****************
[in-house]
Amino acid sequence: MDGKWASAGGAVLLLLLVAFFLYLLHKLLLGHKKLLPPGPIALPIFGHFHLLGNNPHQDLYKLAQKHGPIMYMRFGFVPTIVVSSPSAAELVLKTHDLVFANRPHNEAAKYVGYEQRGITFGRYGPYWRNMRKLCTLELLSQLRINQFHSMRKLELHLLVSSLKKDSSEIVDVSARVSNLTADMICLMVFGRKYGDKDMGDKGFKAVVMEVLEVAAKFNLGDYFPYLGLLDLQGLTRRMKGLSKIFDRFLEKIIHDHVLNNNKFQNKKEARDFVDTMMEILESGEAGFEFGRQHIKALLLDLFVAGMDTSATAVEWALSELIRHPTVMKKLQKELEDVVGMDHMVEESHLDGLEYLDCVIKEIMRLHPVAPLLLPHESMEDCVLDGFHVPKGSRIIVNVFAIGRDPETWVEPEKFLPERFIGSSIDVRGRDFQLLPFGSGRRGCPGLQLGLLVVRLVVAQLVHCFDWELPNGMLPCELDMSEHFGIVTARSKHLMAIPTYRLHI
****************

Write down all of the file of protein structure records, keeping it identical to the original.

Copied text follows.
[in-house]
Amino acid sequence: MDGKWASAGGAVLLLLLVAFFLYLLHKLLLGHKKLLPPGPIALPIFGHFHLLGNNPHQDLYKLAQKHGPIMYMRFGFVPTIVVSSPSAAELVLKTHDLVFANRPHNEAAKYVGYEQRGITFGRYGPYWRNMRKLCTLELLSQLRINQFHSMRKLELHLLVSSLKKDSSEIVDVSARVSNLTADMICLMVFGRKYGDKDMGDKGFKAVVMEVLEVAAKFNLGDYFPYLGLLDLQGLTRRMKGLSKIFDRFLEKIIHDHVLNNNKFQNKKEARDFVDTMMEILESGEAGFEFGRQHIKALLLDLFVAGMDTSATAVEWALSELIRHPTVMKKLQKELEDVVGMDHMVEESHLDGLEYLDCVIKEIMRLHPVAPLLLPHESMEDCVLDGFHVPKGSRIIVNVFAIGRDPETWVEPEKFLPERFIGSSIDVRGRDFQLLPFGSGRRGCPGLQLGLLVVRLVVAQLVHCFDWELPNGMLPCELDMSEHFGIVTARSKHLMAIPTYRLHI